Early American CoinsConverted for the Web from "American Guide To U.S. Coins: The Most Up-to-Date Coin Prices Available" by Charles French and Scott Mitchell
Were we to transport ourselves back three and a half centuries to the early days of Colonial America, we would find that industry was very small and that business, for the most part, was conducted by barter and trade. While there was a need for coins, the shortage was not as problematic as it proved to be later, when Colonial America became more industrialized and began acquiring wealth. Even so, attempts to issue coins were made.
The first New England coins -- crude silver pieces with a simple "NE" design on the obverse, and the denomination indicated as "XII," "VI," or "III" on the reverse -- were the first coins struck in the Colonies. Shortage of change and the inability to get relief from England prompted the Massachusetts Colony to embark upon this coining venture.
Following quickly came the Willow, Oak, and Pine Tree series. Some found use in circulation, for in those days a coin was a coin regardless of who issued it, and the amount of metal it contained determined its value. The famous Pine Tree coinage was the last type in this four design series struck by coiner John Hull.
After several years, when the coining operations were brought to the attention of King Charles II of England, action was taken to prohibit any further issues. While the majority were dated 1652, it is generally acknowledged that the production of the four design types collectively spanned thirty years, despite the King's disapproval. These crude and early pieces are actively sought by collectors and bring good prices today. They were coined in shillings, sixpence, threepence, and twopence pieces.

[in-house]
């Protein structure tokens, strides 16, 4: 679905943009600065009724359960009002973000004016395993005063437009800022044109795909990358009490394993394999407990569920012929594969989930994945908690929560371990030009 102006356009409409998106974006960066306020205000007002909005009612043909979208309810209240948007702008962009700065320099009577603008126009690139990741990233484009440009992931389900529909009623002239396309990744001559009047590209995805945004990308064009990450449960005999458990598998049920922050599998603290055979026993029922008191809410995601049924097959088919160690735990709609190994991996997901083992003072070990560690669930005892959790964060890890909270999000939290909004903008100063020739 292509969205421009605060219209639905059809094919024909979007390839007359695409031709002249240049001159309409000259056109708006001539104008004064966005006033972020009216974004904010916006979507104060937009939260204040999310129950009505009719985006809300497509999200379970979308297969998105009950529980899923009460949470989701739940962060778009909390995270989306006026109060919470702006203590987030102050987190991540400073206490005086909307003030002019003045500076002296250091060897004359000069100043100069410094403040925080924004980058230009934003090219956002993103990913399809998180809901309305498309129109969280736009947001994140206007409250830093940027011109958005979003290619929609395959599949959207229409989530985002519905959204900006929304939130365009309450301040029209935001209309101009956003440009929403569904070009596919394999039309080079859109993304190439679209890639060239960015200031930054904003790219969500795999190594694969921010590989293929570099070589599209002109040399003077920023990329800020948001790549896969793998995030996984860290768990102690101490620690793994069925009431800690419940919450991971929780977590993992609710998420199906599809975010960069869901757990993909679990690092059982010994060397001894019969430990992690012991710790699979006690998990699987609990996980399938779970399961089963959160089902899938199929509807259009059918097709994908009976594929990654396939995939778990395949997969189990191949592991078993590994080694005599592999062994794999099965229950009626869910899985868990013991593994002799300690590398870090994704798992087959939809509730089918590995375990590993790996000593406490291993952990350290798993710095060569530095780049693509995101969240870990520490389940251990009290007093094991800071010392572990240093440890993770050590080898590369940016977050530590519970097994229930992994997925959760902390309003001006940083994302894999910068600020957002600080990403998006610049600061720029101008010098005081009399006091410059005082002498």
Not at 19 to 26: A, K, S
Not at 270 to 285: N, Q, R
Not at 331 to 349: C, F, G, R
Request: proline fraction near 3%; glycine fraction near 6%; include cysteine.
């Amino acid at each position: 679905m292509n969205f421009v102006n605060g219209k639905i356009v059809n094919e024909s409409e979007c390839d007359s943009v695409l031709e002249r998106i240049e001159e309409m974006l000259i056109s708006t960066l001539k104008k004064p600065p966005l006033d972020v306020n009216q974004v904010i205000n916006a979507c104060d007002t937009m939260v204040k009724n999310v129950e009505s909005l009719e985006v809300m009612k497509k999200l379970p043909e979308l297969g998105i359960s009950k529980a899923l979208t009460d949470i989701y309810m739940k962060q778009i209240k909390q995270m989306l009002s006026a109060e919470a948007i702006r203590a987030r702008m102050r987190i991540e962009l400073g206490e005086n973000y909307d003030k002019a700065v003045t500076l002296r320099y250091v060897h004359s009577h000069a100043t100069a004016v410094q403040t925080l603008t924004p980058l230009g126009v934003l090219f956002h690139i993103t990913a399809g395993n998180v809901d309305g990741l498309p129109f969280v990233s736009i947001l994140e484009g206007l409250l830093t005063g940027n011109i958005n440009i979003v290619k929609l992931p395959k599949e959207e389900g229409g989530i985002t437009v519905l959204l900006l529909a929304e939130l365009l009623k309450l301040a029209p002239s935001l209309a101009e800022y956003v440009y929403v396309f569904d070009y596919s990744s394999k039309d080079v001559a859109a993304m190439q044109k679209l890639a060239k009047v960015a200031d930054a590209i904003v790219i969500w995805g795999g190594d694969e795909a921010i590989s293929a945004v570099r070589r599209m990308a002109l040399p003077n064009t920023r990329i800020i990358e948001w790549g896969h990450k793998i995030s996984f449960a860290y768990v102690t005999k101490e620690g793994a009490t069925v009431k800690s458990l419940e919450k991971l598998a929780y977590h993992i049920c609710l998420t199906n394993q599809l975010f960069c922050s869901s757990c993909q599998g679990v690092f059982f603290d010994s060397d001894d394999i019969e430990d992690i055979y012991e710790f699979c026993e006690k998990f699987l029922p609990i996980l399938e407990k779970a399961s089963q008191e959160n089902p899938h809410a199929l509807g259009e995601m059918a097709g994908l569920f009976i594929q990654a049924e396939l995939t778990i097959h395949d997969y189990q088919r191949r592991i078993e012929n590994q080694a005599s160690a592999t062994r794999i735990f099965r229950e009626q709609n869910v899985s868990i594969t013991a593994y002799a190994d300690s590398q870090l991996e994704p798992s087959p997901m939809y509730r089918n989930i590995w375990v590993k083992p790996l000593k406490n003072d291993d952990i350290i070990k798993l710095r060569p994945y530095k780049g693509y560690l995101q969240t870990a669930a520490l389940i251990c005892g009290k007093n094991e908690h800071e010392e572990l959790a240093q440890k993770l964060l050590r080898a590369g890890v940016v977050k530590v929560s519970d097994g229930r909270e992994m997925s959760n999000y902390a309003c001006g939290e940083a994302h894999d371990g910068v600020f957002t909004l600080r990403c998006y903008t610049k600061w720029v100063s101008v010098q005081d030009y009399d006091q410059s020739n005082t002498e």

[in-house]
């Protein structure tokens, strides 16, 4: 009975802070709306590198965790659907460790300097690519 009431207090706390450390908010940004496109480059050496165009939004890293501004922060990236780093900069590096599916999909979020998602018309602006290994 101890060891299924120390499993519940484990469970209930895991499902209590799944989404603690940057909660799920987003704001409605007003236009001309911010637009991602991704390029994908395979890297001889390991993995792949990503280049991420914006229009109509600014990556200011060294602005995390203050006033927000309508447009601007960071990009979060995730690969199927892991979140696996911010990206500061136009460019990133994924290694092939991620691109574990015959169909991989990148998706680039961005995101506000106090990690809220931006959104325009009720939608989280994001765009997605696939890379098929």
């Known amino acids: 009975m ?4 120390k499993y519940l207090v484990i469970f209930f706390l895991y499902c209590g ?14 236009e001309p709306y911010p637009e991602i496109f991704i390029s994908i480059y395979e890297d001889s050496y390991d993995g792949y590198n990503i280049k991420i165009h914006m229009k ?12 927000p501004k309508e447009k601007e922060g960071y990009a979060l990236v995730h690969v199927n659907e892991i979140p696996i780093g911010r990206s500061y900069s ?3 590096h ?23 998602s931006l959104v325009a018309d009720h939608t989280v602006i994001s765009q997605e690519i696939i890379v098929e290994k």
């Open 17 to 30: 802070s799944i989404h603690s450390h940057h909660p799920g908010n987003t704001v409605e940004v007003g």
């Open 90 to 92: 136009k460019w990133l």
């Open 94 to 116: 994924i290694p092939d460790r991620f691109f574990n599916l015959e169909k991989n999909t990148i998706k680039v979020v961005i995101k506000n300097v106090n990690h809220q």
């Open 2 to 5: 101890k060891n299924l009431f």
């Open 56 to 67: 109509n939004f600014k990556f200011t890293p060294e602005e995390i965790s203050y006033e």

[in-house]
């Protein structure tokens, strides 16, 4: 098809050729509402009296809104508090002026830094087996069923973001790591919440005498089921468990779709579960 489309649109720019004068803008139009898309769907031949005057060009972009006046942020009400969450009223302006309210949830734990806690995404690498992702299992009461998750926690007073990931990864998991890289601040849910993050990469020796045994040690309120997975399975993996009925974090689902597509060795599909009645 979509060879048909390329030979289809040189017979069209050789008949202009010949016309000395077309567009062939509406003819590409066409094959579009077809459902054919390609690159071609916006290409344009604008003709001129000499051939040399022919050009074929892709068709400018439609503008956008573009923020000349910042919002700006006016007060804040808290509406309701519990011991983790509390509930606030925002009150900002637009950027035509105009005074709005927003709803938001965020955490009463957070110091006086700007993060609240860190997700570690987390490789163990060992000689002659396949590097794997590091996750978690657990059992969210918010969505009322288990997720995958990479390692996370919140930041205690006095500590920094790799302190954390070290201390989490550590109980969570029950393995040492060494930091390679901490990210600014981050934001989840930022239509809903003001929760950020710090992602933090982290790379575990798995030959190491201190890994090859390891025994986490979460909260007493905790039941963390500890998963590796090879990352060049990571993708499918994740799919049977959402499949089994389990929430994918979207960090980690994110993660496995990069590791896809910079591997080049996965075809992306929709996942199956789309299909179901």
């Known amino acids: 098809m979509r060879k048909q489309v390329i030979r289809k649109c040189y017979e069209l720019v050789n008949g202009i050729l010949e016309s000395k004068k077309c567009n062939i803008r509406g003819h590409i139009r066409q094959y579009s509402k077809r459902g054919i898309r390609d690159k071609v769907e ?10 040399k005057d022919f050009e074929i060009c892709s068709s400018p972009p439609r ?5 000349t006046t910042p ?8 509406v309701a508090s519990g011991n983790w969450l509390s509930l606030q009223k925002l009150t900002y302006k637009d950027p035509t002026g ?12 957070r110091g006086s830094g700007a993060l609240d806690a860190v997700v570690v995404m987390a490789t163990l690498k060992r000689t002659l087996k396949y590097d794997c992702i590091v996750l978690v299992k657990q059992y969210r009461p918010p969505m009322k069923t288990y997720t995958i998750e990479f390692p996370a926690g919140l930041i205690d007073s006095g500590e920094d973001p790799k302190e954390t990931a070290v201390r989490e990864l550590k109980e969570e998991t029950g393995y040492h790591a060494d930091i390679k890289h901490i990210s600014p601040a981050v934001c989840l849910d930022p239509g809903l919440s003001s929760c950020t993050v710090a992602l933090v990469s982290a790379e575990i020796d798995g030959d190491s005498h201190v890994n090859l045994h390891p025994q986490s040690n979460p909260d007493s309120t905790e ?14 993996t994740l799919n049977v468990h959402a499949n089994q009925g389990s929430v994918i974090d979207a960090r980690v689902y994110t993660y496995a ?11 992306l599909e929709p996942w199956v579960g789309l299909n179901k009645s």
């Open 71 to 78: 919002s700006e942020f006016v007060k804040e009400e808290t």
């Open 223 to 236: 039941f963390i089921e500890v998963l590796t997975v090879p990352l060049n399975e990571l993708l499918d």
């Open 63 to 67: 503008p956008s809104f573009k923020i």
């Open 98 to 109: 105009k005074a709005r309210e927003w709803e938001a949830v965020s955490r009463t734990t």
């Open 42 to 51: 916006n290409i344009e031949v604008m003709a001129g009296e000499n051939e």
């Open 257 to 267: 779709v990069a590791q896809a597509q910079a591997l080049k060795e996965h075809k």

There were other very early experiments in coinage in other Colonies. The Mark Newby farthing and halfpenny, struck in Dublin in the 1670s, were originally coined for Ireland but found their way to New Jersey. There were also the Lord Baltimore pieces for Maryland, which were coined in England and brought over for circulation here. Other seventeenth-century coins which circulated in the Colonies include the American Plantations token and the Elephant tokens.
After these early attempts, we find little coining activity until the first part of the eighteenth century, when a small flurry again occurred. The Gloucester tokens of 1714, the Woods Hibernia series and Rosa Americana coins of 1722 through 1724 are among the issues of this period. There were also the early French Colony copper and billon coinages. With the exception of the Gloucester tokens, of which little is known, the rest were struck in foreign lands and shipped here for use, due to the dire need. The Higley, or Granby, coppers of 1737-39 saw considerable circulation, even though they were unauthorized and coined on this continent.
A gap of just over twenty years without any significant additional colonial coinage production ended in 1760 with the Voce Populi coinage. The 1766 Pitt tokens and 1767 French Colony pieces followed shortly thereafter.
The next and most important era commenced around the time of the beginning of the American Revolution. From this time until the opening of the first United States Mint, in 1792-93, we find innumerable varieties and experiments -- in fact, all types of coins. Some received recognition and actually circulated. Others should be classified as pattern or experimental pieces.
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